For years, we’ve been tracking Nevada’s ongoing cycle of “boom and bust economic cycles”, ugly budget crunches, and habitual kicking of budgetary and tax cans down the road to nowhere. Today, we’re taking a trip down Memory Lane as a reminder of how anything-but-new this problem is.
This article was originally published on February 28, 2012. As always, I made minor fixes to clean up some language and fix broken links.
Yesterday prominent Nevada GOP power player, lobbying-industrial-complex titan, and confirmed gubernatorial inner circle member Pete Ernaut complained about the new push to bring tax initiatives to the ballot so Nevada voters can finally do what the Nevada Legislature apparently has no interest doing. Please let me know if you notice something familiar here.
During an interview with Nevada Newsmakers, Ernaut proclaimed, “It should be warning to everybody because this is something that could very rapidly turn into the next iteration of the California ballot, where we have 10, 12, 13 ballot measures on a number of issues and you wake up one day and really you’ve taken the power away from the Legislature or the governor to make any decisions.”
He then warned, “If we’re not careful, that’s the way that it will go.” Before I explain why I suspect Ernaut said this, I actually want to give him some props for pointing out what I’ve been saying here for several months. California, here we come!
What the hell happened in California in 2012, and why should we in Nevada care about it now?
As we’ve previously discussed, California currently has three tax initiatives competing for voters’ attention and support this year: one from civil rights attorney Molly Munger that seeks to raise income taxes on nearly everyone, one from Governor Jerry Brown (D) that mostly raises income taxes on the wealthy but also keeps in place a sales tax hike affecting everyone, and one by Courage Campaign and the California Federation of Teachers that only raises taxes on the ultra-wealthy earning more than $1,000,000 a year. All three promise to restore investment in public education that’s been slashed to death, but all three also face challenges in the duration of the new revenue stream, as well as how much each of them can really pull in.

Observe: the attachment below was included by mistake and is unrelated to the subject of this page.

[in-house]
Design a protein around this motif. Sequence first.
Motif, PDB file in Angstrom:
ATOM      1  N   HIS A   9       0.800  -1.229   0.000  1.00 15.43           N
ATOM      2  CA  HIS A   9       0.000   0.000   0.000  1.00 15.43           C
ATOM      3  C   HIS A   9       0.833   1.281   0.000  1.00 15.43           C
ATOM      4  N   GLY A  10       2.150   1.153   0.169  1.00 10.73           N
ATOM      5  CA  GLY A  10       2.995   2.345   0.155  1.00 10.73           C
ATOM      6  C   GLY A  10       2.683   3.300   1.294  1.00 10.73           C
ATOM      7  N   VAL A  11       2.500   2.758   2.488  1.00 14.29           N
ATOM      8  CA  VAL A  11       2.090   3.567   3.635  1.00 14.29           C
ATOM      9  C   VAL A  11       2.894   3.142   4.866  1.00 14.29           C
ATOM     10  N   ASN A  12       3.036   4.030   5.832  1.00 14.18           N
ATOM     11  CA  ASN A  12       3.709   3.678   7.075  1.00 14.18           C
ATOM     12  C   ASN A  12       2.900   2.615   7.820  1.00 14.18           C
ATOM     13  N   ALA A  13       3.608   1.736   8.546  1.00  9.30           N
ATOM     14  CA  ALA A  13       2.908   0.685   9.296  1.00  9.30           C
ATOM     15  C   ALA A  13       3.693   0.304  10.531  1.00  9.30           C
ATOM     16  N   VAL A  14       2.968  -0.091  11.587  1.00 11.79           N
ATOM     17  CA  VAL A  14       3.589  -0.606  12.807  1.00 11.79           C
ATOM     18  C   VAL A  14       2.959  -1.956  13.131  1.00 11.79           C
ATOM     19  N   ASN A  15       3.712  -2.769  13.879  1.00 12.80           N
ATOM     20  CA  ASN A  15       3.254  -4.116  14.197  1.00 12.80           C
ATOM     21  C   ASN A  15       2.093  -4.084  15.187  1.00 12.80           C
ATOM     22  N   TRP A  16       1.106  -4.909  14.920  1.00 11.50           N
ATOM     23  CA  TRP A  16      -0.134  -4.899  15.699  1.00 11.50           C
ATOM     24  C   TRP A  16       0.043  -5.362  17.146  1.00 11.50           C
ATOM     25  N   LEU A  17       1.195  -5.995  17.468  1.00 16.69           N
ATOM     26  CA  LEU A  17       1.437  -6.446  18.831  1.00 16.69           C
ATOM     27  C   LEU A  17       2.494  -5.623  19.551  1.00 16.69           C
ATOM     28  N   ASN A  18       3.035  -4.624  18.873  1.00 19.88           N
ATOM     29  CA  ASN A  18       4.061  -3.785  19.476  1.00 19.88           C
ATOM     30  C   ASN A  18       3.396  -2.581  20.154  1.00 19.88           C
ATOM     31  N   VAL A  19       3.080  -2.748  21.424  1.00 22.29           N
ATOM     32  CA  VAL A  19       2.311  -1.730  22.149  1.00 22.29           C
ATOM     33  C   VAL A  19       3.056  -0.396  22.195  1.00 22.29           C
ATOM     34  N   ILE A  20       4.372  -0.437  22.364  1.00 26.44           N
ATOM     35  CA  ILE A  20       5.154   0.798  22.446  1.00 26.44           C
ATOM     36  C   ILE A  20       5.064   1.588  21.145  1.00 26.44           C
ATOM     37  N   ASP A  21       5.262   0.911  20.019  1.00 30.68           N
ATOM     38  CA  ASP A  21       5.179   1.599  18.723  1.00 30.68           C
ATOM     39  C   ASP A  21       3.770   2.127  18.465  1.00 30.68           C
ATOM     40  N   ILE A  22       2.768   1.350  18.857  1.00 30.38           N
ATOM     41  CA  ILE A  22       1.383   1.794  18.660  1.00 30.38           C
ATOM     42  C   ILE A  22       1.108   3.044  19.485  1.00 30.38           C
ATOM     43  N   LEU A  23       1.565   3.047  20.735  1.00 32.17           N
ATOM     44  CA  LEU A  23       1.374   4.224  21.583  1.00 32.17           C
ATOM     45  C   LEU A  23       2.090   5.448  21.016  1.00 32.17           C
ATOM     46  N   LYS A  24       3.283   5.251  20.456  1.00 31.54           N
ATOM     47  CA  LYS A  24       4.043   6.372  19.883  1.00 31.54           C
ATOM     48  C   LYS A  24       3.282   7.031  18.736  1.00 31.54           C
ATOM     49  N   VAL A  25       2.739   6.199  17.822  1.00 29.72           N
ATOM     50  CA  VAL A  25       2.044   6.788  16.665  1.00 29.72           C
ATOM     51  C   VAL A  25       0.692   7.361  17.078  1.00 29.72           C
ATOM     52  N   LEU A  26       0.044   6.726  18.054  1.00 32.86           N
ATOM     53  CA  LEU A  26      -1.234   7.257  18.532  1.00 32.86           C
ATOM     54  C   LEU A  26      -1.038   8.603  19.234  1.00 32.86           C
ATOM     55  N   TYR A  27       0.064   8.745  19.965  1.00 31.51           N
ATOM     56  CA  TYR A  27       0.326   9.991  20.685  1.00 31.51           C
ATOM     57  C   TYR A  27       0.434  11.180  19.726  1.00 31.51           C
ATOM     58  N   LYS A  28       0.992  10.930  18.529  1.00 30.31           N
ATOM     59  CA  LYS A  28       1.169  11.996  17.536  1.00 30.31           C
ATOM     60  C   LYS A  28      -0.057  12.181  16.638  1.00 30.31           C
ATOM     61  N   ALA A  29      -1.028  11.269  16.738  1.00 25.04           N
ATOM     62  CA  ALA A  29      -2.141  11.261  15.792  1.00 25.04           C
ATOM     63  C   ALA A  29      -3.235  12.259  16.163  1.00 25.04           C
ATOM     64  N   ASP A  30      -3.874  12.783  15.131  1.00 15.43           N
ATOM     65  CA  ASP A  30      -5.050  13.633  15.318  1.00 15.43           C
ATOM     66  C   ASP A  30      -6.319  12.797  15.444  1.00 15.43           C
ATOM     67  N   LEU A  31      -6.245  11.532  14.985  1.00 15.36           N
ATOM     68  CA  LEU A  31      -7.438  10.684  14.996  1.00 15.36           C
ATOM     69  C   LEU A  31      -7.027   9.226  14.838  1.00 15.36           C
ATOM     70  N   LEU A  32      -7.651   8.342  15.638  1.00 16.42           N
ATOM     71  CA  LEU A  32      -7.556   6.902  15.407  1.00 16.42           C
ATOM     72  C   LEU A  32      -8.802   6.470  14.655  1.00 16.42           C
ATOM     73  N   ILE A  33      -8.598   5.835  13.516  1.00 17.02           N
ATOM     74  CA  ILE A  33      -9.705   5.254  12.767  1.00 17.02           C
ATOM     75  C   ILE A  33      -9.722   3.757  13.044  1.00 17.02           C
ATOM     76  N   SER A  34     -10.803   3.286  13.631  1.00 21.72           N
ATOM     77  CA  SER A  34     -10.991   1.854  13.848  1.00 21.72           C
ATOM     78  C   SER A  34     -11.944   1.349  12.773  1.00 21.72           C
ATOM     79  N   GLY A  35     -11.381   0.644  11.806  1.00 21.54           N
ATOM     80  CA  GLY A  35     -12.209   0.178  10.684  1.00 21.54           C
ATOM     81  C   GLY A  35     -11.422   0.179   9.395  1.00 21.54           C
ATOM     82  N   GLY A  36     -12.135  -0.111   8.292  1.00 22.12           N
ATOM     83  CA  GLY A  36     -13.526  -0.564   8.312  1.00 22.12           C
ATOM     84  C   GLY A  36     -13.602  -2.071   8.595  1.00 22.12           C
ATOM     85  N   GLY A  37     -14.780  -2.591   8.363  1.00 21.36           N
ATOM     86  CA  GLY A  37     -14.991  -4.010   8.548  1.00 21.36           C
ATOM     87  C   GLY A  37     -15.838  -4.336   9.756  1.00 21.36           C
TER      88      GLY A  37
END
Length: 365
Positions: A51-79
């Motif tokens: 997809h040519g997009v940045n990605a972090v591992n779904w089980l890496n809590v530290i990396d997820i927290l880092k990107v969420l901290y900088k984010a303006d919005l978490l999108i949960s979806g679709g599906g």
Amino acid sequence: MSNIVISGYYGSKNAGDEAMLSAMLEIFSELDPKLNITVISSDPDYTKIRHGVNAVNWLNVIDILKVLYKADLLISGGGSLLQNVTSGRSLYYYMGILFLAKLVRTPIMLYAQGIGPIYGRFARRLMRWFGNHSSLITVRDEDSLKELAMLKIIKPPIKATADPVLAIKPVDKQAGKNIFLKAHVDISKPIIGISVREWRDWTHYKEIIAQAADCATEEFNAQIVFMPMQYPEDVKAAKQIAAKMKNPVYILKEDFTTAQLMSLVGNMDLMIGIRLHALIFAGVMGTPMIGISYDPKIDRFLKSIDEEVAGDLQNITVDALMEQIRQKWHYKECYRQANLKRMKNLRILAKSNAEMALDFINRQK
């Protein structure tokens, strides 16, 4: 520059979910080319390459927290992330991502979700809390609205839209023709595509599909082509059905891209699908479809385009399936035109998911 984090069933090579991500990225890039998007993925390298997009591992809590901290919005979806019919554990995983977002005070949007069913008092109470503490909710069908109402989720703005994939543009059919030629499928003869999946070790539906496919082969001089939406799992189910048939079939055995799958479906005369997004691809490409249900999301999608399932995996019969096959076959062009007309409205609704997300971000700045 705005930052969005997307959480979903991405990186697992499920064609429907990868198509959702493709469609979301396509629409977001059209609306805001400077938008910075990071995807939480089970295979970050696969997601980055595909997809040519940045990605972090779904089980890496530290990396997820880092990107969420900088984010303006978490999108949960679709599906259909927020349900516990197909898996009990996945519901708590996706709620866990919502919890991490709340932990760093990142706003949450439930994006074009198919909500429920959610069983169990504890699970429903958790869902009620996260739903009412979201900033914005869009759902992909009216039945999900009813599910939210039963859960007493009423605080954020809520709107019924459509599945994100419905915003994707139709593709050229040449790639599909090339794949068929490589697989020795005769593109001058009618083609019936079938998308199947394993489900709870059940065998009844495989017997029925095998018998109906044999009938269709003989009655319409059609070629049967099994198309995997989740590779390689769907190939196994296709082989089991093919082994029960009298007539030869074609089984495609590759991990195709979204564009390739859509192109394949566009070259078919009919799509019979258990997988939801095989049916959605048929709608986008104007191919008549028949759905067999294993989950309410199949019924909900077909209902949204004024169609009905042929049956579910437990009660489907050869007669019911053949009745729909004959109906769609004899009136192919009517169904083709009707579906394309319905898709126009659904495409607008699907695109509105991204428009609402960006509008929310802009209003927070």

Of course, we can’t forget how California got into this mess in the first place. Starting with the Proposition (or Prop) 13 tax restructuring of 1978, followed by the education spending mandates in Prop 98 in 1988, followed by a whole series of special tax policies and spending formulae approved by the voters all through the 1990s and 2000s, California’s budget has become an unmanageable fiscal hot mess. And especially because we as people like to “have it all” without ever paying for any of it, California faces chronic budget woes. (It turns out that passing spending mandates without finding the appropriate revenue to fund them causes huge budgetary problems. Surprise?)
However, not all of California’s or Nevada’s problems can be blamed on “we the people”. The reason why Jerry Brown, Courage Campaign, and Molly Munger want to take their respective tax initiatives to the voters is because an intransigent and obstructive far-right minority in their Legislature refuses to consider any kind of sensible tax reform. And now that sensible Republicans like the late Bill Raggio and Kenny Guinn are distant memories for Republican leadership in our Legislature today, we’re now facing the same problems. While I understand, and even empathize with, Pete Ernaut’s concern about “direct democracy run amok”, what else are “we the people” supposed to do when our Legislature can’t do its job and pass a workable budget?
Why are they so afraid of tax reform, and why are they so reluctant to let the people decide policies they don’t want to handle?